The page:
“Do you know why giraffes always graze into the wind?” Paul asks abruptly, as he strains upwards to snip the end from another twig. Celeste smiles at his non-sequitur, but she doesn’t turn around.
“What do you think?”
“When a giraffe starts chewing on acacia leaves, they emit an ethylene gas. The trees next to it detect the gas and release tannins into their leaves. If a giraffe eats too much tannin it can get sick, even die.”
"They talk to each other. The trees.”
“I suppose that’s one way of putting it…” Paul responds, uncertainly, as he deposits the final sample into his case.
“They do.” Celeste insists, “All the time…”
They walk onwards through the wood, until they reach an oak tree, taller than the rest, its canopy spreading above them, the forest floor beneath it dappled by the broken, fragmented sunlight streaming through the leaves.
Celeste crouches down and touches the roots, which writhe and plunge beneath the ground.
“Look at this one. She was one of the first to turn, before I arrived. If you looked underground, you could see her roots spreading to all of the trees around here, sharing her nutrients, helping them grow.”
Celeste stands, her face wreathed in a warm smile. “Like a wise old mother tree.”
“You’re not going to start hugging it, are you?”
“It’s true!” Celeste turns and addresses the tree in a mock, soothing tone. “You don’t mind him now, dear…”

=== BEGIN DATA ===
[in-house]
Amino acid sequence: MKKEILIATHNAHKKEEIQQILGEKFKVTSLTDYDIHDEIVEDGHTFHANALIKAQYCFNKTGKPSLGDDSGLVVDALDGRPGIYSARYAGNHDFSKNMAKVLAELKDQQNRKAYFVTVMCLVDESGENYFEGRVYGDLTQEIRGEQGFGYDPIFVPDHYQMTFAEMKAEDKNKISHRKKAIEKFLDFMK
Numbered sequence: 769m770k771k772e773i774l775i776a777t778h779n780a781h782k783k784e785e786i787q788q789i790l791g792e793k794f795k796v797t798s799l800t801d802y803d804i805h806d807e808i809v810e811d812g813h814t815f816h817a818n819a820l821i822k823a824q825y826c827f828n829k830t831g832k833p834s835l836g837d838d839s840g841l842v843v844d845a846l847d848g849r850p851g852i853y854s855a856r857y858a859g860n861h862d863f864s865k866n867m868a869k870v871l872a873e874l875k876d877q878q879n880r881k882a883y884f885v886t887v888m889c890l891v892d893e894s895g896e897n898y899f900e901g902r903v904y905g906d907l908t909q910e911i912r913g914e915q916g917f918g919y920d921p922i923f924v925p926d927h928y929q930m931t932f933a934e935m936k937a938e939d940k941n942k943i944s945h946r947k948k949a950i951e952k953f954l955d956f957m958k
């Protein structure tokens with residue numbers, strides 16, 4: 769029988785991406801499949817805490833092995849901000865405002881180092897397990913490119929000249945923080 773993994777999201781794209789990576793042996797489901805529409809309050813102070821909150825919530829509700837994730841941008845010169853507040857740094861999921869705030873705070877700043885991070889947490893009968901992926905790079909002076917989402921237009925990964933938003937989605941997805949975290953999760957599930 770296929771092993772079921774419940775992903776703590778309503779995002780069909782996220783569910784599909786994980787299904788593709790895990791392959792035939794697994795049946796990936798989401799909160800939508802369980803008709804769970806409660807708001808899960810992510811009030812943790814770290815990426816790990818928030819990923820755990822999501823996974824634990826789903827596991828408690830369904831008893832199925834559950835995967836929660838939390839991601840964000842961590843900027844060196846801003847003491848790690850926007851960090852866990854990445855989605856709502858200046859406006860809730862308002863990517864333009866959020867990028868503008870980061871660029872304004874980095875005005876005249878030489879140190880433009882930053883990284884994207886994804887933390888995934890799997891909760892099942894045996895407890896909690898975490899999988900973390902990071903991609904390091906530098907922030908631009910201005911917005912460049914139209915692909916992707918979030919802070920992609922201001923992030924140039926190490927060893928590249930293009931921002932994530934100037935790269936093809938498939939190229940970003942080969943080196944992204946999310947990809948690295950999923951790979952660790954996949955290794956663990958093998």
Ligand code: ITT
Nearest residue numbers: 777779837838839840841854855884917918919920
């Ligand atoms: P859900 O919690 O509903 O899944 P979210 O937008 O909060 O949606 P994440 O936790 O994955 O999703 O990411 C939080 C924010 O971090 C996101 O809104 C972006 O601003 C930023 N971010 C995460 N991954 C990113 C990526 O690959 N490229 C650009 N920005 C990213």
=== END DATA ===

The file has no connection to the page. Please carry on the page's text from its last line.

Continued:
Paul laughs, despite himself. “You are right, though.” He admits, as he looks at the ground and then around at the trees surrounding them. “All of the trees here, they’ll be connected together through the mycorrhizal network…” He smiles at Celeste. “You would have made a great botanist.”
“Who’s to say I won’t one day?...” An awkward silence fills the space between them, with nothing save the distant drone of the air vents overhead to fill it.
Eventually, Paul asks, tentatively: “Can you hear them? Now?”
“Kind of… not words or anything, but feelings, impressions, if that makes sense… Like how you can always pick up on someone’s mood, even when they don’t say or even do anything…”
“What are they feeling now?”
“They’re not particularly thrilled at the moment, I don’t think.” Celeste looks at Paul pointedly, clad head to toe in his garish hazmat suit, secateurs in one gloved hand, specimen case in the other. Paul follows her gaze.
“Stupid question, I guess.” He checks the watch on his wrist. “I should go.” He heaves the sample case in his hand, “get these back to the lab.” Celeste nods, her arms folded. “Any progress…”
Paul just shrugs, “Some, but it’s slow… We don’t even know how anyone else is getting on, anymore.” He pauses, uncertainly, “I’m sorry…”
“It’s okay, really,” Celeste reassures him. She looks around at the encircling woodland. “I was scared, to begin with, but then…” She pauses and looks up at the dome above them, “I realised that, one day, all of this will just… fade away…” She places a palm against the rough bark of the oak tree, gazes around at the forest enveloping them. “But this will remain. And I’ll be a part of it, connected.” She smiles at Paul. “So whatever else happens, don’t feel sorry for me.”
“Okay, I won’t.” He laughs, “I thought I was supposed to be the one, reassuring you.”
They stand there, uncertain, then Celeste rushes forward and wraps her arms around Paul, crinkling his suit. Paul drops his burdens and responds in turn, enfolding her in an embrace.
“You’re right,” Paul concedes, “It won’t be an end, it will be like a new beginning.”
Celeste nods. “Spring will always come 'round again, in the end.”